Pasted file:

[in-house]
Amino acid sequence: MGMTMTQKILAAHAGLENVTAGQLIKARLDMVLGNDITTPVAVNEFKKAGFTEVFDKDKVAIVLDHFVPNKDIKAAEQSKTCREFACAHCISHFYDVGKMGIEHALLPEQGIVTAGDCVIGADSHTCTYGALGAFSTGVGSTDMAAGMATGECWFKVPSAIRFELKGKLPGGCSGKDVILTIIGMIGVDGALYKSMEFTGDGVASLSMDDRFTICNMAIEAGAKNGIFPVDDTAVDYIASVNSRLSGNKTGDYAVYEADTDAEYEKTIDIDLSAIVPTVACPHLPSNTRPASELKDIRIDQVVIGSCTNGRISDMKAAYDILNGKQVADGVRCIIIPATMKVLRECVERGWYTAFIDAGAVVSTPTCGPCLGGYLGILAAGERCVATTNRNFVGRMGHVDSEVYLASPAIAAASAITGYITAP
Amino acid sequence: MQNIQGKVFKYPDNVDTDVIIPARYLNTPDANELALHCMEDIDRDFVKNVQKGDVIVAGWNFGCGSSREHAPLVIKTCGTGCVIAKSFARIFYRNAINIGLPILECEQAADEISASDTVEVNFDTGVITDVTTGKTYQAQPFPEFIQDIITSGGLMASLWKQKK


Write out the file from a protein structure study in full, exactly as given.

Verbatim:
[in-house]
Amino acid sequence: MGMTMTQKILAAHAGLENVTAGQLIKARLDMVLGNDITTPVAVNEFKKAGFTEVFDKDKVAIVLDHFVPNKDIKAAEQSKTCREFACAHCISHFYDVGKMGIEHALLPEQGIVTAGDCVIGADSHTCTYGALGAFSTGVGSTDMAAGMATGECWFKVPSAIRFELKGKLPGGCSGKDVILTIIGMIGVDGALYKSMEFTGDGVASLSMDDRFTICNMAIEAGAKNGIFPVDDTAVDYIASVNSRLSGNKTGDYAVYEADTDAEYEKTIDIDLSAIVPTVACPHLPSNTRPASELKDIRIDQVVIGSCTNGRISDMKAAYDILNGKQVADGVRCIIIPATMKVLRECVERGWYTAFIDAGAVVSTPTCGPCLGGYLGILAAGERCVATTNRNFVGRMGHVDSEVYLASPAIAAASAITGYITAP
Amino acid sequence: MQNIQGKVFKYPDNVDTDVIIPARYLNTPDANELALHCMEDIDRDFVKNVQKGDVIVAGWNFGCGSSREHAPLVIKTCGTGCVIAKSFARIFYRNAINIGLPILECEQAADEISASDTVEVNFDTGVITDVTTGKTYQAQPFPEFIQDIITSGGLMASLWKQKK